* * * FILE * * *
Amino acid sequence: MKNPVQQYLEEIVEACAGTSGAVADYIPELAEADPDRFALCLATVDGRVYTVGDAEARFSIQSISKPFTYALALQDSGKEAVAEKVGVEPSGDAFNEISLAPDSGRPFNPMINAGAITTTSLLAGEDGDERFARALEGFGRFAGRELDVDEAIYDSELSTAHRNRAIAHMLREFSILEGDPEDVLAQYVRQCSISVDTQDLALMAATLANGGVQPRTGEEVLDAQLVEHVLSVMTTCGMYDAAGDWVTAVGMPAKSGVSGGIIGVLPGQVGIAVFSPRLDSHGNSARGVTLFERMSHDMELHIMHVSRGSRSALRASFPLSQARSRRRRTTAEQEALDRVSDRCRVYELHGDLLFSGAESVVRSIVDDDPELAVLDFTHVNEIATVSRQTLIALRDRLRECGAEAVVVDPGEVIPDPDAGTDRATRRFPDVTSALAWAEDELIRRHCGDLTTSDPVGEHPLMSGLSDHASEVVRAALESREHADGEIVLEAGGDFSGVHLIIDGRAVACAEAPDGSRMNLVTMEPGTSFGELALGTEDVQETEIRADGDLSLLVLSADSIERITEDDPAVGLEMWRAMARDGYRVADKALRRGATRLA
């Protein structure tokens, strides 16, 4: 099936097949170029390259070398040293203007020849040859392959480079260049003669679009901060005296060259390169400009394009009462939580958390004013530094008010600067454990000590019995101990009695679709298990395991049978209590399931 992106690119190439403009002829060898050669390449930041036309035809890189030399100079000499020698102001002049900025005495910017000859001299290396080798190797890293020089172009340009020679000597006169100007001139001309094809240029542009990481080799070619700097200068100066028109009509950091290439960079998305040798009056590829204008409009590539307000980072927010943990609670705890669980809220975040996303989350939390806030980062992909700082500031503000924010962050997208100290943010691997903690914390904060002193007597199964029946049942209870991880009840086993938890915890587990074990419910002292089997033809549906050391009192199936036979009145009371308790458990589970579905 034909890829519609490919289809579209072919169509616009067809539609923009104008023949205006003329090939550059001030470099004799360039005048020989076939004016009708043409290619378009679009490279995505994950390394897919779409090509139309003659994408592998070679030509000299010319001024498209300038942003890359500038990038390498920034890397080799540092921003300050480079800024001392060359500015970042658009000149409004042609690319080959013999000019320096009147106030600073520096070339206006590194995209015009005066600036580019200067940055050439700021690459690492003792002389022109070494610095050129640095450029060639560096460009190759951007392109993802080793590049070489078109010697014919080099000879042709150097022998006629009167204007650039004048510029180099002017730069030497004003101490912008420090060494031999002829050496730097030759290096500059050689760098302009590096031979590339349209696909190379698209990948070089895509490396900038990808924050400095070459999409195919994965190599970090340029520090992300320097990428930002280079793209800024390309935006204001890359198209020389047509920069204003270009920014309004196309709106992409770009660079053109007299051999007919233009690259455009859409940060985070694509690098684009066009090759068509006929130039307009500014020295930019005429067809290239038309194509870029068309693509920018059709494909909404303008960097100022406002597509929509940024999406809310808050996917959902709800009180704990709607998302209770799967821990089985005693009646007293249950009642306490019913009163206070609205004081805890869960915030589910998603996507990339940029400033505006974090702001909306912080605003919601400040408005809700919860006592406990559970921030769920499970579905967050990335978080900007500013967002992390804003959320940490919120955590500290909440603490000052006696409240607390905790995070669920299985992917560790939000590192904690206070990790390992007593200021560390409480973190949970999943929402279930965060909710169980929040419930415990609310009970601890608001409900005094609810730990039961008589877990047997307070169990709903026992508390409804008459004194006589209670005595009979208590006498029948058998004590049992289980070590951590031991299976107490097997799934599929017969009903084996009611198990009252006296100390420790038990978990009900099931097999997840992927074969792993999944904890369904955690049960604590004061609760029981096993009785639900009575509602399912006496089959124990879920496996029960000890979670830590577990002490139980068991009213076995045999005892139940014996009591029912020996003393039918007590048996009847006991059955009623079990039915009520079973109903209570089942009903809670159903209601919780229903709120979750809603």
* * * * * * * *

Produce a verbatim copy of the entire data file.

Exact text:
Amino acid sequence: MKNPVQQYLEEIVEACAGTSGAVADYIPELAEADPDRFALCLATVDGRVYTVGDAEARFSIQSISKPFTYALALQDSGKEAVAEKVGVEPSGDAFNEISLAPDSGRPFNPMINAGAITTTSLLAGEDGDERFARALEGFGRFAGRELDVDEAIYDSELSTAHRNRAIAHMLREFSILEGDPEDVLAQYVRQCSISVDTQDLALMAATLANGGVQPRTGEEVLDAQLVEHVLSVMTTCGMYDAAGDWVTAVGMPAKSGVSGGIIGVLPGQVGIAVFSPRLDSHGNSARGVTLFERMSHDMELHIMHVSRGSRSALRASFPLSQARSRRRRTTAEQEALDRVSDRCRVYELHGDLLFSGAESVVRSIVDDDPELAVLDFTHVNEIATVSRQTLIALRDRLRECGAEAVVVDPGEVIPDPDAGTDRATRRFPDVTSALAWAEDELIRRHCGDLTTSDPVGEHPLMSGLSDHASEVVRAALESREHADGEIVLEAGGDFSGVHLIIDGRAVACAEAPDGSRMNLVTMEPGTSFGELALGTEDVQETEIRADGDLSLLVLSADSIERITEDDPAVGLEMWRAMARDGYRVADKALRRGATRLA
């Protein structure tokens, strides 16, 4: 099936097949170029390259070398040293203007020849040859392959480079260049003669679009901060005296060259390169400009394009009462939580958390004013530094008010600067454990000590019995101990009695679709298990395991049978209590399931 992106690119190439403009002829060898050669390449930041036309035809890189030399100079000499020698102001002049900025005495910017000859001299290396080798190797890293020089172009340009020679000597006169100007001139001309094809240029542009990481080799070619700097200068100066028109009509950091290439960079998305040798009056590829204008409009590539307000980072927010943990609670705890669980809220975040996303989350939390806030980062992909700082500031503000924010962050997208100290943010691997903690914390904060002193007597199964029946049942209870991880009840086993938890915890587990074990419910002292089997033809549906050391009192199936036979009145009371308790458990589970579905 034909890829519609490919289809579209072919169509616009067809539609923009104008023949205006003329090939550059001030470099004799360039005048020989076939004016009708043409290619378009679009490279995505994950390394897919779409090509139309003659994408592998070679030509000299010319001024498209300038942003890359500038990038390498920034890397080799540092921003300050480079800024001392060359500015970042658009000149409004042609690319080959013999000019320096009147106030600073520096070339206006590194995209015009005066600036580019200067940055050439700021690459690492003792002389022109070494610095050129640095450029060639560096460009190759951007392109993802080793590049070489078109010697014919080099000879042709150097022998006629009167204007650039004048510029180099002017730069030497004003101490912008420090060494031999002829050496730097030759290096500059050689760098302009590096031979590339349209696909190379698209990948070089895509490396900038990808924050400095070459999409195919994965190599970090340029520090992300320097990428930002280079793209800024390309935006204001890359198209020389047509920069204003270009920014309004196309709106992409770009660079053109007299051999007919233009690259455009859409940060985070694509690098684009066009090759068509006929130039307009500014020295930019005429067809290239038309194509870029068309693509920018059709494909909404303008960097100022406002597509929509940024999406809310808050996917959902709800009180704990709607998302209770799967821990089985005693009646007293249950009642306490019913009163206070609205004081805890869960915030589910998603996507990339940029400033505006974090702001909306912080605003919601400040408005809700919860006592406990559970921030769920499970579905967050990335978080900007500013967002992390804003959320940490919120955590500290909440603490000052006696409240607390905790995070669920299985992917560790939000590192904690206070990790390992007593200021560390409480973190949970999943929402279930965060909710169980929040419930415990609310009970601890608001409900005094609810730990039961008589877990047997307070169990709903026992508390409804008459004194006589209670005595009979208590006498029948058998004590049992289980070590951590031991299976107490097997799934599929017969009903084996009611198990009252006296100390420790038990978990009900099931097999997840992927074969792993999944904890369904955690049960604590004061609760029981096993009785639900009575509602399912006496089959124990879920496996029960000890979670830590577990002490139980068991009213076995045999005892139940014996009591029912020996003393039918007590048996009847006991059955009623079990039915009520079973109903209570089942009903809670159903209601919780229903709120979750809603």